W3C home > Mailing lists > Public > www-style@w3.org > February 2012

Re: Property proxies / CSS setters

From: Robert O'Callahan <robert@ocallahan.org>
Date: Fri, 10 Feb 2012 10:48:16 +1300
Message-ID: <CAOp6jLbwNdPh02R-UR5kWZSuGxnb7eeH4tz6y68hNvXH0f2UeA@mail.gmail.com>
To: Paul Bakaus <pbakaus@zynga.com>
Cc: Simon Fraser <smfr@me.com>, "www-style@w3.org" <www-style@w3.org>, Lea Verou <leaverou@gmail.com>
On Fri, Feb 10, 2012 at 10:42 AM, Robert O'Callahan <robert@ocallahan.org>wrote:

> On Fri, Feb 10, 2012 at 9:07 AM, Paul Bakaus <pbakaus@zynga.com> wrote:
>> Actually, I don't think so. My approach makes sure that the good promises
>> of vendor prefixes are kept – if a feature breaks in a newer browser
>> because of syntax changes, for instance, and the removal of the vendor
>> prefix has simply been done through the proxy, it's crazy easy to simply
>> fix it in the client side css, at a single line in your code.
> If authors were diligent about updating their CSS whenever browser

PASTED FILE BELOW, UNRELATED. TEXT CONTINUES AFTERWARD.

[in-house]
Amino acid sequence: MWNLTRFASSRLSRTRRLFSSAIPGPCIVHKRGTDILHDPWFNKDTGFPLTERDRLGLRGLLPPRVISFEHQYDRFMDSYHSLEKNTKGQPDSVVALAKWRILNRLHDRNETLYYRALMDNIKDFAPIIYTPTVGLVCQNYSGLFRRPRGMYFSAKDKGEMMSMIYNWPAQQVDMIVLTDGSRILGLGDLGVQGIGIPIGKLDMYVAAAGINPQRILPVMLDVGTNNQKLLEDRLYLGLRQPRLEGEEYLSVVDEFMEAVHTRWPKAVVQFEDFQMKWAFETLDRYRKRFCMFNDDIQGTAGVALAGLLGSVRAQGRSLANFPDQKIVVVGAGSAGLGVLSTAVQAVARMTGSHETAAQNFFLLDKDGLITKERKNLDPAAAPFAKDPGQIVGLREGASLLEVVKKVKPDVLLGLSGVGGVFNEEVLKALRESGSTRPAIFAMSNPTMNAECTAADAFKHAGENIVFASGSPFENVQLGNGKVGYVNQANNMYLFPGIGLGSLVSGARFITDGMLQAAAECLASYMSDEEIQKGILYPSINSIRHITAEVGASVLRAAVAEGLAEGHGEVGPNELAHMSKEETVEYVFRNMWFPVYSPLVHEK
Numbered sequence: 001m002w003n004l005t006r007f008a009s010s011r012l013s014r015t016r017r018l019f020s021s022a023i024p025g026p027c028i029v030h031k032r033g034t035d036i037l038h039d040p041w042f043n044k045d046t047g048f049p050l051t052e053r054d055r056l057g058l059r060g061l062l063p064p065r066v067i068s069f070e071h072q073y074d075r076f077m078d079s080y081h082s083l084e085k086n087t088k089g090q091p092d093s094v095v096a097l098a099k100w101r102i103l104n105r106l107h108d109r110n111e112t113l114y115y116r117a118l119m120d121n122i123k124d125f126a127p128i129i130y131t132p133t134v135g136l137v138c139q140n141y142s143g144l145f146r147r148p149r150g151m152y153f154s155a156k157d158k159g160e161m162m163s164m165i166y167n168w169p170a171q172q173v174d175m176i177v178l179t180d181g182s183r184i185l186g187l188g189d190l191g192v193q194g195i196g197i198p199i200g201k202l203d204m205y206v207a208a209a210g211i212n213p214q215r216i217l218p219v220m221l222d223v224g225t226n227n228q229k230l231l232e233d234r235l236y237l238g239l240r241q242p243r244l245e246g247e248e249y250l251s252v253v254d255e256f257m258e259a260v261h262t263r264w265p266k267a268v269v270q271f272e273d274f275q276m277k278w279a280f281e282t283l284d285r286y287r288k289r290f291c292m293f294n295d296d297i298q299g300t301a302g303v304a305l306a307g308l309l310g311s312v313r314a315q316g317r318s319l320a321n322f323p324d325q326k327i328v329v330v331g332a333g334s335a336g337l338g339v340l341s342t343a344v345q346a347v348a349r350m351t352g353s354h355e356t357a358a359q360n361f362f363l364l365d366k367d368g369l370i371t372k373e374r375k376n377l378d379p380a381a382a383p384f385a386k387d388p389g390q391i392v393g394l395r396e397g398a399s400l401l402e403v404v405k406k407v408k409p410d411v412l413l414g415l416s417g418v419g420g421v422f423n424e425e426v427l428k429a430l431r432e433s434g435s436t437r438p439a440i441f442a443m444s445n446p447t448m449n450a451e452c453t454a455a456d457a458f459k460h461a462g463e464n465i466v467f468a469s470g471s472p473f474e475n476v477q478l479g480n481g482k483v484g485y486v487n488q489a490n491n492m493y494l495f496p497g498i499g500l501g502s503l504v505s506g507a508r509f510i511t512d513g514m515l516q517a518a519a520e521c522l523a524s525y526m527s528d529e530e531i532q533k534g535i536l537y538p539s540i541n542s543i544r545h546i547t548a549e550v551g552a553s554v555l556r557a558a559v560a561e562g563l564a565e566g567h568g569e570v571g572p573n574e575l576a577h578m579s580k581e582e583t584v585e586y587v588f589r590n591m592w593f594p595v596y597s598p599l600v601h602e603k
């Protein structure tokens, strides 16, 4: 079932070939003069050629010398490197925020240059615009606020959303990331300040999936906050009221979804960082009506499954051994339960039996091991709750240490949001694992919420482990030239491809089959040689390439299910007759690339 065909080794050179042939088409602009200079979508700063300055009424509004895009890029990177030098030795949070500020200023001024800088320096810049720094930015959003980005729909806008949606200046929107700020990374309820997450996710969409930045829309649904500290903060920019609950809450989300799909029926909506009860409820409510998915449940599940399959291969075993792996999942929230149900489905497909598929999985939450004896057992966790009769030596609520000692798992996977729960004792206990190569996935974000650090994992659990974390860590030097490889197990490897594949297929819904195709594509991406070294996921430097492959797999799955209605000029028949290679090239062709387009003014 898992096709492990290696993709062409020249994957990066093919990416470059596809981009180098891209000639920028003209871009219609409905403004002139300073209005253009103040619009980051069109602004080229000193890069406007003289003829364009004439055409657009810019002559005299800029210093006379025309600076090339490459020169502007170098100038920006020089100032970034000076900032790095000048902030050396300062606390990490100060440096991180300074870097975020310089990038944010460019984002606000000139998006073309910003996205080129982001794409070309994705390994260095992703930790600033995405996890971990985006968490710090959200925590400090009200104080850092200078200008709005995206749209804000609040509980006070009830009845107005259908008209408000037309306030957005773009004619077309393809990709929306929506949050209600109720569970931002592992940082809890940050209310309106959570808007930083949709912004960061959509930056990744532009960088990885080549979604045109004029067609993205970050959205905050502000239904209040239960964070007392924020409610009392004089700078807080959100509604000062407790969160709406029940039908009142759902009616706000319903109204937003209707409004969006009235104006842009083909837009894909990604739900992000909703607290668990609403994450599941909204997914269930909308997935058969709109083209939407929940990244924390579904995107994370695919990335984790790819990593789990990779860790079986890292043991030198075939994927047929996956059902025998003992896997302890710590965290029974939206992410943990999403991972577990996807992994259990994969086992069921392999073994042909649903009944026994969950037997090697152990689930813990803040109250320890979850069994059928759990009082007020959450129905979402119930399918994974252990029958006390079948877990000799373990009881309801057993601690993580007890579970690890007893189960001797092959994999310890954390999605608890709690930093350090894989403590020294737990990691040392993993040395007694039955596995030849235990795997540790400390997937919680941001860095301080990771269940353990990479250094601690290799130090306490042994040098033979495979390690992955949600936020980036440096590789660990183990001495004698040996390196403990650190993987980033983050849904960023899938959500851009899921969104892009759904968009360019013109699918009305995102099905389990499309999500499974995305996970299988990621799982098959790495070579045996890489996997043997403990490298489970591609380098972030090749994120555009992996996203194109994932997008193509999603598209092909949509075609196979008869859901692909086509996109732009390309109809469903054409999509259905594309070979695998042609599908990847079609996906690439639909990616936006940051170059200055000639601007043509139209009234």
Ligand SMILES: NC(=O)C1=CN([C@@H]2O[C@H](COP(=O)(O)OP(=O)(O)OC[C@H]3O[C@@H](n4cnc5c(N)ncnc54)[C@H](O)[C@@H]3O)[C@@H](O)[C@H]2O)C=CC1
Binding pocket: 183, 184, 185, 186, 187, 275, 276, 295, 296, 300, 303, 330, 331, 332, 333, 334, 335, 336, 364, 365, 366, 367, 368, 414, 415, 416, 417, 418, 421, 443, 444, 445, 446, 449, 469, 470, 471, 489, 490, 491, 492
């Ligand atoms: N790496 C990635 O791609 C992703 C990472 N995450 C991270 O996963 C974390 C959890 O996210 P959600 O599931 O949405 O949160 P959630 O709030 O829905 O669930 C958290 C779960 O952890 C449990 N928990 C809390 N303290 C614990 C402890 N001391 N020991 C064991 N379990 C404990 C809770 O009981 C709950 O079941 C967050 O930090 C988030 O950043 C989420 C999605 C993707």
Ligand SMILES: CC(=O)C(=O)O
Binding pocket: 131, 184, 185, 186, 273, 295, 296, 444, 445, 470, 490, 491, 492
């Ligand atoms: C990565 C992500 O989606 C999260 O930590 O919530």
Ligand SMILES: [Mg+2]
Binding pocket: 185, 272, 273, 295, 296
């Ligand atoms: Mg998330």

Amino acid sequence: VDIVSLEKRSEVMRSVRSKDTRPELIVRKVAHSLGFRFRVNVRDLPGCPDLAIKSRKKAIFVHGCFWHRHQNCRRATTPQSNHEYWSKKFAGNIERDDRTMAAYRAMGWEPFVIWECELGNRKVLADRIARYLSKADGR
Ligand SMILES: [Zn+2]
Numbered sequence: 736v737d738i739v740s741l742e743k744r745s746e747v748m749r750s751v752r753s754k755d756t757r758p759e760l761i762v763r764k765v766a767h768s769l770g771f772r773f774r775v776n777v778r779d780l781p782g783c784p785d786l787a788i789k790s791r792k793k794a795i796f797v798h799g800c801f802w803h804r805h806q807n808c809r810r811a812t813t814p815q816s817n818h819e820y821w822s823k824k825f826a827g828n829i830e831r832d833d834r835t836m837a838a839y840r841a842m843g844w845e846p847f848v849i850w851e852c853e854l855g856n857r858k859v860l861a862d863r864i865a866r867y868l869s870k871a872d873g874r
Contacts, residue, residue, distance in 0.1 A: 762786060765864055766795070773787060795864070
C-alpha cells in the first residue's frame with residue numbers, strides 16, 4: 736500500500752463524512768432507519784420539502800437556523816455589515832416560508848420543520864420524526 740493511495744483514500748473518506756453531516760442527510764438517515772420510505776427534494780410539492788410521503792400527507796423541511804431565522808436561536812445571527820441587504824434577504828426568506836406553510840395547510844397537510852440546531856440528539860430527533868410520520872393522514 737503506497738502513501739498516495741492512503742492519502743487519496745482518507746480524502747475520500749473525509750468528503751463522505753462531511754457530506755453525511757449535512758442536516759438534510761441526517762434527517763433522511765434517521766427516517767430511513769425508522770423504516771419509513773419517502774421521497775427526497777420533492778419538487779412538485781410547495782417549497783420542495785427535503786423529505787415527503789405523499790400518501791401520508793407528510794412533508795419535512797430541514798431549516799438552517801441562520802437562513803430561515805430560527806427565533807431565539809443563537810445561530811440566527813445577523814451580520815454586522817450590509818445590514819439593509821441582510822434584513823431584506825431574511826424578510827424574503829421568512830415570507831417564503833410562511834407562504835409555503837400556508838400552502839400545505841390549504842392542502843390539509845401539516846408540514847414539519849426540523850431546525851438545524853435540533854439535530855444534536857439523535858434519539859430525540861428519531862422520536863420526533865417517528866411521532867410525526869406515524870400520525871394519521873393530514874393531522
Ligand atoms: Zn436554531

> releases happen, most of our problems would go away. But that doesn't
> happen, and it's not fair to expect them to.

The other problem is that authors would use your feature (and similar
features) to include the unprefixed version of the property, as "fallback"
in case the prefixed versions go away, or for currently-unknown browsers.
Which is fine, but it destroys the point of using prefixes in the first

"If we claim to be without sin, we deceive ourselves and the truth is not
in us. If we confess our sins, he is faithful and just and will forgive us
our sins and purify us from all unrighteousness. If we claim we have not
sinned, we make him out to be a liar and his word is not in us." [1 John
Received on Thursday, 9 February 2012 21:48:44 UTC

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